Thursday, 7 October 2010

Venice, it's just like being in Pauanui...

See, just like Pauanui ('cause you know, canals and stuff)
As we head back to Bayreuth after any excursion, on the sometimes nice, sometimes run-down, train from N├╝rnberg to Bayreuth, sitting with a squirming Matilda (or beside Sara struggling with a squirming Matilda), I spend my thoughts on plotting my next blog post.  These intended posts are not only beautifully written, riotously funny and remarkably insightful, but they're written as soon as I get back to Bayreuth.  Clearly, the reality is somewhat different (just the one post in September?  So pathetic).



Part of the awesomeness is the "why factor", as in "why would you build that there?
We got away for an extended trip to Verona and its surrounds in early September, flying Lufthansa subsidiary Air Dolomite and hosted by the ridiculous generous and tolerant Alana M, who allowed us to muscle in and take over her single room apartment for a few nights.  Just to cement her path to sainthood, Alana also had a car and some free time, so in addition to wandering Verona, we took a trip to Venice, about 120 km to the east.




Venice, not exactly the best kept secret in Italy
Venice has been described to death, but there's no denying is one of those places you must visit if you get the chance.  Perhaps only once, and perhaps just for a day, but there is something about the city for which the phrase "je ne sais quoi" is the only one I know that comes close to explaining why.  It's crowded, confusing, in some parts dirty and smelly, and yet, despite all that, it's utterly romantic and utterly magical.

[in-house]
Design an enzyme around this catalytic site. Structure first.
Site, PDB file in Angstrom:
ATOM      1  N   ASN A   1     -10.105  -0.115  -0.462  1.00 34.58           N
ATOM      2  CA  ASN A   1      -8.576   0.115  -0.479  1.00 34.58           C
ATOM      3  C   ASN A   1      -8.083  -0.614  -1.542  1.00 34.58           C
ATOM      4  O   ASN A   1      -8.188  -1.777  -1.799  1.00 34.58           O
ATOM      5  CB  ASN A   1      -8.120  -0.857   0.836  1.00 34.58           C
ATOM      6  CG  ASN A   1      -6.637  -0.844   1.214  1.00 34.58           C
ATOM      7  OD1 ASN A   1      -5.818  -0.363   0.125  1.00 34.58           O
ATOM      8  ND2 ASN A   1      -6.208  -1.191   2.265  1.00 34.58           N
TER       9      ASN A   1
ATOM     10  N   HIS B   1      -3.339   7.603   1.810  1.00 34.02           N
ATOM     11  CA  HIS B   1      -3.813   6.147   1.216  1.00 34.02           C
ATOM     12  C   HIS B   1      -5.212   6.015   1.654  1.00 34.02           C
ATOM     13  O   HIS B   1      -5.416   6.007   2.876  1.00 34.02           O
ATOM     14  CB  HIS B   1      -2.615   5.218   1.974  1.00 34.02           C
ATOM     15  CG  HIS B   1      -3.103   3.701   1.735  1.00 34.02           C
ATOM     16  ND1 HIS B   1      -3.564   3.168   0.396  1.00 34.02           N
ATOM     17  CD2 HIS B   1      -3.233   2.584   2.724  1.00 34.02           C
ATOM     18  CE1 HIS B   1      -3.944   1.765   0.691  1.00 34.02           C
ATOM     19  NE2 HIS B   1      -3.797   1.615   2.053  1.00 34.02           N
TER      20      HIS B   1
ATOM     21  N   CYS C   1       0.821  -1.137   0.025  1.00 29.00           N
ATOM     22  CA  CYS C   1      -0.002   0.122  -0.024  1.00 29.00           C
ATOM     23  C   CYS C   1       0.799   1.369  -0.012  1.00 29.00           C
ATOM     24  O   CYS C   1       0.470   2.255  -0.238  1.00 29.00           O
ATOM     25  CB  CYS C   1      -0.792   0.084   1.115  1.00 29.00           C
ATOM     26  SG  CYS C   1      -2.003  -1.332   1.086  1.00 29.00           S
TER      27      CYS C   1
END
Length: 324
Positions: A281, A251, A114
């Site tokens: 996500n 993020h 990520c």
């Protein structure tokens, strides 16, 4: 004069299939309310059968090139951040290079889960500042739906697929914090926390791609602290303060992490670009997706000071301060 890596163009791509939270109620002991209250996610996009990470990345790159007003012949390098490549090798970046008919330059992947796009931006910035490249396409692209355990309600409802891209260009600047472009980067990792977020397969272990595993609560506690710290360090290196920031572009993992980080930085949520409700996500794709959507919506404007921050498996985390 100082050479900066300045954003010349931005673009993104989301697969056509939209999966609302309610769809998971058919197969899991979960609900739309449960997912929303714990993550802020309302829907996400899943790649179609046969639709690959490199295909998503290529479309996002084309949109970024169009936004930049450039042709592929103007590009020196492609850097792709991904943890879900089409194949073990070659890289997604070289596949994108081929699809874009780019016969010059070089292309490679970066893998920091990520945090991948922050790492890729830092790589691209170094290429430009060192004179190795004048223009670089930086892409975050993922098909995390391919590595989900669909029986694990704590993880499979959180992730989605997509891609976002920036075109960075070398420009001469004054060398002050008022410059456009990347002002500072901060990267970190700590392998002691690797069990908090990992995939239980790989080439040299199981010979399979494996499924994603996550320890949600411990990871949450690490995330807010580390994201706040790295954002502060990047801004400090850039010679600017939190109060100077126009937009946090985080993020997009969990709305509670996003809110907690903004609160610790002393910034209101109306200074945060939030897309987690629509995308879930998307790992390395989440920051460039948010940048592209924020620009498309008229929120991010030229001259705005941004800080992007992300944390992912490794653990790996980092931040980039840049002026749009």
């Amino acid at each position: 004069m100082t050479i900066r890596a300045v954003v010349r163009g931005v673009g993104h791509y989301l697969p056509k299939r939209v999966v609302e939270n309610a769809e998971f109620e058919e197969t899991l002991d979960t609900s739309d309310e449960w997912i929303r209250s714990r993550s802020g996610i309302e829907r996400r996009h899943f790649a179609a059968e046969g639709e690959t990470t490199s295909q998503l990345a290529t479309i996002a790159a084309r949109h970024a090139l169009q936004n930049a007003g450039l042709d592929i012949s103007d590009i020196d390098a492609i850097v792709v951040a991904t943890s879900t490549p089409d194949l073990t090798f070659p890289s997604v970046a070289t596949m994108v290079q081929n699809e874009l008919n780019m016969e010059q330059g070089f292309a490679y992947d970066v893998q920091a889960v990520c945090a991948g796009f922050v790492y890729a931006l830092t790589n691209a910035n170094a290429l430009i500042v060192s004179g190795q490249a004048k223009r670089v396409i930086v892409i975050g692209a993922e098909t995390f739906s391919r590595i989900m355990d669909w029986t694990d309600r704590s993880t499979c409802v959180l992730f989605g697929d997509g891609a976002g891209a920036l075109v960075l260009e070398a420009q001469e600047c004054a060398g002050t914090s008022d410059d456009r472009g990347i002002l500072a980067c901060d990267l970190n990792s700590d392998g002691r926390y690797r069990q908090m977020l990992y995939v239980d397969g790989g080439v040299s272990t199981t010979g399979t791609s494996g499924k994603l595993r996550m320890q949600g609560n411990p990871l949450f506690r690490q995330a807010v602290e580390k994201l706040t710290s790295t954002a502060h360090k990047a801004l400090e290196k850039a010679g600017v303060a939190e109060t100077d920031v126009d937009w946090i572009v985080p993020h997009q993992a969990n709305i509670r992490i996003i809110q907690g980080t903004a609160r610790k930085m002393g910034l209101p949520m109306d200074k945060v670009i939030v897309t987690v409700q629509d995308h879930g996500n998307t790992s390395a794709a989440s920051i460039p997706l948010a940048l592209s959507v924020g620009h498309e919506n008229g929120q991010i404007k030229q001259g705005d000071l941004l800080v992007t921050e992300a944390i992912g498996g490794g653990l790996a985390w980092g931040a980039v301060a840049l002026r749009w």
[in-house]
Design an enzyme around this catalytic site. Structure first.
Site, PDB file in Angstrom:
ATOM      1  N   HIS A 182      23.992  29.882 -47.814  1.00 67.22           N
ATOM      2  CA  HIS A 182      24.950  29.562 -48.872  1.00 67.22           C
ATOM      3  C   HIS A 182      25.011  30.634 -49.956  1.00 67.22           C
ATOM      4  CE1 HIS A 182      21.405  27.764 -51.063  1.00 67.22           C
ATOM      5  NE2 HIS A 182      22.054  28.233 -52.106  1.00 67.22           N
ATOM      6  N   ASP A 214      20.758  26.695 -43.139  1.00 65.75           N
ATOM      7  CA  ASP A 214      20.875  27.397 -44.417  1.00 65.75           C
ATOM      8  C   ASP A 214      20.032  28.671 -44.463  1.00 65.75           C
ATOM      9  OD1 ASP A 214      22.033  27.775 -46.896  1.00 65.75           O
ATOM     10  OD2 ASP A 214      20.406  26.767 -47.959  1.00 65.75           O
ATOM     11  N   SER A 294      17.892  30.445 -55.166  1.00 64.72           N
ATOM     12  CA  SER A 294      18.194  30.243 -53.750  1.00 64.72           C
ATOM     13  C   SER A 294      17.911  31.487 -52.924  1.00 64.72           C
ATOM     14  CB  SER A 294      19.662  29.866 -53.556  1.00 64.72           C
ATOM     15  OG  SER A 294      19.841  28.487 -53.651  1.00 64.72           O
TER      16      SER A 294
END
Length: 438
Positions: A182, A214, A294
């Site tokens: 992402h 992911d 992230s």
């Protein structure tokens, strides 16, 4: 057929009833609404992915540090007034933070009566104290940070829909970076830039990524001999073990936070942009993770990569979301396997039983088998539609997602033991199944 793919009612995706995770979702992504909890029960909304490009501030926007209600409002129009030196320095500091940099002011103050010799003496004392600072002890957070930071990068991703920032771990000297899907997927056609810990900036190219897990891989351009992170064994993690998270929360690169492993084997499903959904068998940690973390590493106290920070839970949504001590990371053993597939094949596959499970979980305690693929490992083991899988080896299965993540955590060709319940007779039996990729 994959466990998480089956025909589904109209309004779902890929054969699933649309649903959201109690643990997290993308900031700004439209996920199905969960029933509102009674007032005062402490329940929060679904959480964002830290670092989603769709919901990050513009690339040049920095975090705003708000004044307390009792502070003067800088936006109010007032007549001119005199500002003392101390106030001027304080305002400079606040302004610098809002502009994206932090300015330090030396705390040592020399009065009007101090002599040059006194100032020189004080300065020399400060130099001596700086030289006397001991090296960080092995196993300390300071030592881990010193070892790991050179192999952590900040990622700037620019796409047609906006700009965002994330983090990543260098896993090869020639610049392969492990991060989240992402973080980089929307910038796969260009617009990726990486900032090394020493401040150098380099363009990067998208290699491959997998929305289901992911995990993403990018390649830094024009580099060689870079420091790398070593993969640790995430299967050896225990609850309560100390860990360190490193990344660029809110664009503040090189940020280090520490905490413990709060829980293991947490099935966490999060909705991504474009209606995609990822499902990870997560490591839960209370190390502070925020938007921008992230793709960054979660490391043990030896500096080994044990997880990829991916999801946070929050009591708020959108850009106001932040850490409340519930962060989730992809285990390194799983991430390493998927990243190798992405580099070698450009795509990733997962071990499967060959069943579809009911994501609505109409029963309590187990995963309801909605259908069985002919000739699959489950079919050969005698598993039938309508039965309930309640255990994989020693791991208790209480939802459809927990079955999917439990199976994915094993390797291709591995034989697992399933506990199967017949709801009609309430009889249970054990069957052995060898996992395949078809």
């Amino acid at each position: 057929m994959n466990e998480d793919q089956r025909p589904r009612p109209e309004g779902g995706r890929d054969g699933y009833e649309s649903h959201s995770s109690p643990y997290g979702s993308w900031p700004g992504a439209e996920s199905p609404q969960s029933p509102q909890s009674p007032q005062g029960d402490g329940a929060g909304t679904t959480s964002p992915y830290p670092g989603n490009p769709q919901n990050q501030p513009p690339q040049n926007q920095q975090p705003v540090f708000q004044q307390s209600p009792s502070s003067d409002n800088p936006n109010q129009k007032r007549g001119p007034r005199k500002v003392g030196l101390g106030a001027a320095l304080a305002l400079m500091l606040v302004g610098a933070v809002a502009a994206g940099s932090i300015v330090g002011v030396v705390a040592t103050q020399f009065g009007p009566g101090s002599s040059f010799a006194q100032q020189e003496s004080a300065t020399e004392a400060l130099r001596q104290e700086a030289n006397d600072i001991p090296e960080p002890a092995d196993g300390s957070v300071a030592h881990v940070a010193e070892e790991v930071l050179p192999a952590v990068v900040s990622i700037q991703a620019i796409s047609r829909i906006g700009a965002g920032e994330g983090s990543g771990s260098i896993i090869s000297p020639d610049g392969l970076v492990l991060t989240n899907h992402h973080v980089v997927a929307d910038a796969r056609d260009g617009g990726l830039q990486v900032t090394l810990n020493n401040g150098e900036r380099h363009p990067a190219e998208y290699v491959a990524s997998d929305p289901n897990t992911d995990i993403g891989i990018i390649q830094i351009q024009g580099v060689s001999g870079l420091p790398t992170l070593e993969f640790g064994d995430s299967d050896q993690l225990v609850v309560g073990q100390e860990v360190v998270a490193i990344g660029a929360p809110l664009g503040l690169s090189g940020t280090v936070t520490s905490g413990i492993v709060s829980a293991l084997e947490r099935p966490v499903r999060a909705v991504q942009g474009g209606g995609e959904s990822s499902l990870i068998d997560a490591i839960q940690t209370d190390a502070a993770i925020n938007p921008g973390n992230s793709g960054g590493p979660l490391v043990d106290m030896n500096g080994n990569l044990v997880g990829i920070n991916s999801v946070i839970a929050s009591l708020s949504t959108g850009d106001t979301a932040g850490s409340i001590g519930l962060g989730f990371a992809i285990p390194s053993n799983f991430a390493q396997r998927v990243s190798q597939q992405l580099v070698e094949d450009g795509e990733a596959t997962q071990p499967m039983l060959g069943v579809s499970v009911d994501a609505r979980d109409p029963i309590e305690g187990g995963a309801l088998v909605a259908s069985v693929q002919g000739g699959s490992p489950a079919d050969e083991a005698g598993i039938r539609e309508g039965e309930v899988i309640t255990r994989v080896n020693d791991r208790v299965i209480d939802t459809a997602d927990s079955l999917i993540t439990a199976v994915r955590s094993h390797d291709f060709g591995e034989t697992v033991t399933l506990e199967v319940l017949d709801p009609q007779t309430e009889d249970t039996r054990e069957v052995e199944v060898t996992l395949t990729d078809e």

Tasty, and affordable.  God bless them Italians
Despite the weather forecast, which was all doom and gloom, and the big dark clouds that hovered on the horizon for most of the morning, no rain eventuated and by the afternoon it was practically warm. We pretty much spent the day strolling the streets, crossing random bridges and occasionally getting quite lost.   In a nutshell, it was plain-out fun, even if by the end of the day we'd had quite enough. The highlight of the day was discovering a back alley restaurant filled what what appeared to be locals rather than tourists, where we dined on deep fried balls of risotto and mince, and dishes of pasta and drank better than average house wine all the way.  Sara had her first "authentic" gelato too, served by possibly the rudest woman in Italy, but it all added to the experience.

In the evening we returned to Verona for cheap and excellent pizza in a small local joint, and topped that off with a glass of wine out on Alana's balcony, which overlooked the River x, which runs through the middle of Verona.  An excellent day to start an excellent little getaway.

The perfect place for an aqua-car no?


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